Sharon Machlis

Perl vs. PHP vs. Ruby

January 24, 2010 1:52 PM EST

Noodling around on a project I'm interested in coding in-house -- showing a list of which Computerworld.com stories we've already Tweeted about and which ones have yet to be mentioned  -- has crystallized what I like best and least about three scripting languages I turn to most frequently: Perl, PHP and Ruby.

Perl advantage: The modules, the community. This project may seem like a straightforward comparison of two lists, Computerworld's RSS feed vs. Computerworld's Twitter feed. However, I can't compare URLs straight up, since the Twitter feed - given Twitter's 140-character message limit - almost always includes shortened URLs, usually using bit.ly. So first, I needed to find a way to expand shortened URLs from bit.ly -- or anywhere else.

Sure, I could dig around to find a third-party API that does so and then code to it, but knowing the depth and breadth of the Perl community, why not start off at CPAN and see if anyone's already created a module to do just that? And, not surprisingly, someone has: WWW::Lengthen. Install the module, add two lines of code and I'm done.

I did indeed find code on the Web to do the same thing in PHP and Ruby - and there very well may be someone who's packaged that Ruby code into a Ruby Gem -- but in general, because of Perl's larger user base and longer history, I'm most likely to find ready-to-use code for a specific task in Perl.

I'm also most likely to find someone ready to answer my questions. In tweeting my lament about a lack of a built-in Perl function to check whether an array contains a specific element (both Ruby and PHP have one), I received an answer within minutes on how to do so in Perl. I'm a Ruby fan for other reasons, but when it comes to existing code and community support, Perl is just plain impressive.

Perl disadvantage: Syntax. Perl enthusiasts revel in the fact that there are usually countless ways to approach the same problem. But Perl syntax can be difficult to handle not only for an occasional coder like me, but programming pros. I was chatting with an IT consultant last night who likes Perl for its power and flexibility, but admitted the creativity Perl offers can make it tough to maintain and update someone else's code.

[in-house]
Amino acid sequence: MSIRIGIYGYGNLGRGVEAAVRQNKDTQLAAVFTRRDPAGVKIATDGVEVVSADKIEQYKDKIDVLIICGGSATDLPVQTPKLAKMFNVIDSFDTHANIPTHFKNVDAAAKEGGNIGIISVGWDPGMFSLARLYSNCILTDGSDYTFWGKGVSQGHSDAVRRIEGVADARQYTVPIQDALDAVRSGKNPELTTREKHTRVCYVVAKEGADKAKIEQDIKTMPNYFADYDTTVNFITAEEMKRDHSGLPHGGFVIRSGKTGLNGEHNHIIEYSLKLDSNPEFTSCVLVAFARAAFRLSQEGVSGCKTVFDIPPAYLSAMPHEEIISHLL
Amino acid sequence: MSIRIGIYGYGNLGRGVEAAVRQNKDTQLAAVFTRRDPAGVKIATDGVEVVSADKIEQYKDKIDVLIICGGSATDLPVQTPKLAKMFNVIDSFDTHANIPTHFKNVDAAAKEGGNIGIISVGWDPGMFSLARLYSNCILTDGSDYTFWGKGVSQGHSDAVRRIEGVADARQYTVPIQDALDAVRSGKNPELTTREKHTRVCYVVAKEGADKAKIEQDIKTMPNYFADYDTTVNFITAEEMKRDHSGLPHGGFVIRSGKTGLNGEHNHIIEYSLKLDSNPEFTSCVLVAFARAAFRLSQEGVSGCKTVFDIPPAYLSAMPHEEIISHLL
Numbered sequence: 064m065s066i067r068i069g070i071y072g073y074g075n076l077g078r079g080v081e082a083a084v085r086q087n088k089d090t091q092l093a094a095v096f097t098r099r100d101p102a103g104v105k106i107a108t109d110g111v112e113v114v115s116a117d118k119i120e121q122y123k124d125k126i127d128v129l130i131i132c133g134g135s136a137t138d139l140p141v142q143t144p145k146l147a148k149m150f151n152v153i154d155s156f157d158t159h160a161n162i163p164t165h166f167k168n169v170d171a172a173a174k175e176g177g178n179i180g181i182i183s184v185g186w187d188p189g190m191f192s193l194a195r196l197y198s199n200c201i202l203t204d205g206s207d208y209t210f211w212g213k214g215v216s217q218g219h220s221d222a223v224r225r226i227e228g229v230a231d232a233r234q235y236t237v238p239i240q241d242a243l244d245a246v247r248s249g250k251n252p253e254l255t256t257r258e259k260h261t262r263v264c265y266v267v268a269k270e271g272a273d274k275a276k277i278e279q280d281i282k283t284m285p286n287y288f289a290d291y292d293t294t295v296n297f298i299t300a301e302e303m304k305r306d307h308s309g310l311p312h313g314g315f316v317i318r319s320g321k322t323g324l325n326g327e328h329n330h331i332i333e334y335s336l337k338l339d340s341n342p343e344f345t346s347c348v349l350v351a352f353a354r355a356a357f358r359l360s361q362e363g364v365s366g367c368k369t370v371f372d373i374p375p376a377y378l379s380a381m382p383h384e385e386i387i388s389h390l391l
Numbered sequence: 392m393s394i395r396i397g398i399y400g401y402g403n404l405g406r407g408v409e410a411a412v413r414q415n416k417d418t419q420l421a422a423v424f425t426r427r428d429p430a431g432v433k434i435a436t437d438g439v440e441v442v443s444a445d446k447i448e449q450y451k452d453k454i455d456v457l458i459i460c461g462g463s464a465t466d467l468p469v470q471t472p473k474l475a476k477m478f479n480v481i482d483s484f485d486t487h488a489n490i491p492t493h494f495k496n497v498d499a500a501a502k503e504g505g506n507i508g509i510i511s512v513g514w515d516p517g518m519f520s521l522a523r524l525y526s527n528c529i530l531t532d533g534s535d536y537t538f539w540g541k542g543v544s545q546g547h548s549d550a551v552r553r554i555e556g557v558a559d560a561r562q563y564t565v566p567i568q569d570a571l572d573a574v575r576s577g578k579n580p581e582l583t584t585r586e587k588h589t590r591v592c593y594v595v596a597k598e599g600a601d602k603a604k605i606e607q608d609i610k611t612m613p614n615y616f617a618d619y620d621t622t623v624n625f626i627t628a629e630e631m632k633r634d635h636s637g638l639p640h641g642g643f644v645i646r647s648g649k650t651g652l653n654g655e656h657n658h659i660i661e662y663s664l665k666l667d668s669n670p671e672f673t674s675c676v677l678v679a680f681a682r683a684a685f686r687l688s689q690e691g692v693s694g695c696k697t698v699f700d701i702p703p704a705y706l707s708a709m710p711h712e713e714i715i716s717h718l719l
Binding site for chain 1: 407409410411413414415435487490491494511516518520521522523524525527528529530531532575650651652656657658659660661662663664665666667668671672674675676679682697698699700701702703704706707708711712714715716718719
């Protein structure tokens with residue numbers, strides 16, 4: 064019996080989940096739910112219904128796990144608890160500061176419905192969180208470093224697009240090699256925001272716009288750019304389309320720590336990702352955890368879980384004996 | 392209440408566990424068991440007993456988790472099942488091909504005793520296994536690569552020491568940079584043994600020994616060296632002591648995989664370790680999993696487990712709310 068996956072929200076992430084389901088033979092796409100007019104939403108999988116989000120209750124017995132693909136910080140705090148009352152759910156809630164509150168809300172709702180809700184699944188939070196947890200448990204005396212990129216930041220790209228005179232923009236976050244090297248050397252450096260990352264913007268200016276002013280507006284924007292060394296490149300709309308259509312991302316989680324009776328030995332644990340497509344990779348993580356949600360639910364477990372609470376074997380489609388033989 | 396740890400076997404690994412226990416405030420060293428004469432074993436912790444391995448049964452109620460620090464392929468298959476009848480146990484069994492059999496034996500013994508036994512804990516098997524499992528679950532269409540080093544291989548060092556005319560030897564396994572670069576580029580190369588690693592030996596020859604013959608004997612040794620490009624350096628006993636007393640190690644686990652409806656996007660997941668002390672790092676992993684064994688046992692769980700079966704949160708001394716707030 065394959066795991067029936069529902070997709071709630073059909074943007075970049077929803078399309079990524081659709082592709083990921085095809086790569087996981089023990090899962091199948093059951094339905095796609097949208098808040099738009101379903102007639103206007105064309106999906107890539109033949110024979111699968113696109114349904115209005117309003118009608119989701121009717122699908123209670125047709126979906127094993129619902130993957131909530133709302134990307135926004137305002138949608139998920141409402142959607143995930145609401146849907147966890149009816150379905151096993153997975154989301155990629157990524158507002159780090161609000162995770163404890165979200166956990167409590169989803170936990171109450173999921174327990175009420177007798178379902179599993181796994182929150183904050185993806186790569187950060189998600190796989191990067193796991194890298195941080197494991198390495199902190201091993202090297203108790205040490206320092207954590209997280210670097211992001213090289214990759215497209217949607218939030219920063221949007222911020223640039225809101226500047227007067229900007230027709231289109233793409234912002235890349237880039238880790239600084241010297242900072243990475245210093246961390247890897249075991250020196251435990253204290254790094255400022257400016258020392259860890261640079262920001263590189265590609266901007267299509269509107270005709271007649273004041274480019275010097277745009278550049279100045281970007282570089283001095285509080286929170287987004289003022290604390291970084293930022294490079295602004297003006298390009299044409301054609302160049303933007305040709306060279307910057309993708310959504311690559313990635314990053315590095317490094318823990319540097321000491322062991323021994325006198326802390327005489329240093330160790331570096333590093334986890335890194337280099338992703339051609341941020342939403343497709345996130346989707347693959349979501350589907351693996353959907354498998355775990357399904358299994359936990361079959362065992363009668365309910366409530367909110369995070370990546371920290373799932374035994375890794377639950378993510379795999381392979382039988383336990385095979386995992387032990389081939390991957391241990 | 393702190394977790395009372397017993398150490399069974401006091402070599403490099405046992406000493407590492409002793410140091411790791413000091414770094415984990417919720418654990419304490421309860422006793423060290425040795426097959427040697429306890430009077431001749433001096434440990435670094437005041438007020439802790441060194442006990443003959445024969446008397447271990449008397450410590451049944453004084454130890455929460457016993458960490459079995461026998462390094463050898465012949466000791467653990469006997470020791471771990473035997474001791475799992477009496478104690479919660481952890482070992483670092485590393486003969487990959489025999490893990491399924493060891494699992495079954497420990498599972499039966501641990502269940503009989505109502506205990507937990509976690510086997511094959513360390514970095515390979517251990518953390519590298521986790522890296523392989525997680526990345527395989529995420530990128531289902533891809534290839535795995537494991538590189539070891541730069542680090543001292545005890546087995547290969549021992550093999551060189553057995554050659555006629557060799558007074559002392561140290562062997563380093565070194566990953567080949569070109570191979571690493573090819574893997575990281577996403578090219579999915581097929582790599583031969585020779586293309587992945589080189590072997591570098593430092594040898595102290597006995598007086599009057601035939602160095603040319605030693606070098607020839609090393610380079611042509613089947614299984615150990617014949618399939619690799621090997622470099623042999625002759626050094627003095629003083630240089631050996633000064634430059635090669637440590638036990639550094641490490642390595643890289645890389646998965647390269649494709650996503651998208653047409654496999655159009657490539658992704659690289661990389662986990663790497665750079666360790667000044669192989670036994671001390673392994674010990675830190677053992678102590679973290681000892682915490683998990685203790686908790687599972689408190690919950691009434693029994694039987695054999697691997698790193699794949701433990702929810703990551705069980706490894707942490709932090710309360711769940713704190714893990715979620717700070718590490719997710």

"Only someone else's code?" I asked him. Six months later, can you read your own code and remember what the heck it was you were doing' No, he admitted, he often can't. Perl requires an enormous amount of commenting in order to know what it is the code was written to accomplish.

Ruby advantage: Human-readable code. Here's how to check in Ruby if the array "a" contains the element "x": a.include?("x"). This is breathtaking simplicity compared to the response on performing the same check in Perl: @a = map { if (EXPR) $_ } @YOURARRAY . I can tell you the odds of me remembering what that is doing six months later. (Update: There's a discussion of several other ways to achieve this in the comments below, including smart matching available in current versions of Perl).

Ruby advantage: OOP. Yes, Perl and PHP both have added robust object-oriented programming capabilities, but it's just not the same as Ruby, which was created at the outset for OOP. In Ruby, everything is an object with methods. MyVariable.length gives you, well, the length of a string or how many elements are in an array. MyVariable.class tells you what class it is. These methods also work on values and not only variables, such as 153.class or 126.even? MyArray.empty? tells you whether or not your array includes elements. It's all very logical and human readable.

PHP advantage: quick and dirty Web apps. I'd put PHP somewhere in the middle between Perl and PHP Ruby in terms of code readability; but when it comes to coding and posting a rudimentary Web-based tool for our staff in-house, PHP is my go-to scripting language of choice. I'm not talking here about a full-blown Web site; I mean something like: Enter your story information and I'll return you some suggested keywords.

Just as Ruby started out as an OOP language, giving it an advantage there, PHP began life to solve a Web problem (PHP did once stand for Personal Home Page) and it shows. It is trivial to mix PHP code in with a basic HTML page.

While it's certainly possible (and not all that tough) to use Perl on the Web as well, having coded both, I give PHP the nod in terms of doing it easily and elegantly. Embedded Ruby offers similar capabilities to PHP in terms of mixing Ruby and html on a page, but it's simply not very widespread; I'm much more likely to have access to a Web server with PHP than Embedded Ruby. And while I like Ruby on Rails for serious Web functionality, I find it overkill for a couple of editing tools.

Text manipulation and comparisons: It's all good. Emotionally, I give the nod to Perl for text manipulation. It's excellent for the task and has been from day one, and we have Perl to thank for programming languages offering powerful regular expression syntax. Truthfully, though, I've had good success and not much difficulty using all three languages to search and edit text and compare text files. If that's your project and it's not incredibly complex, I think personal preference on syntax and environment should win out.

But ah, to have a language with the community and power of Perl, the readability and OOP of Ruby and the html integration of PHP....

Sharon Machlis is online managing editor at Computerworld. You can follow her on Twitter Twitter@sharon000, send her e-mail at smachlis@computerworld.com or subscribe to her RSS feeds:
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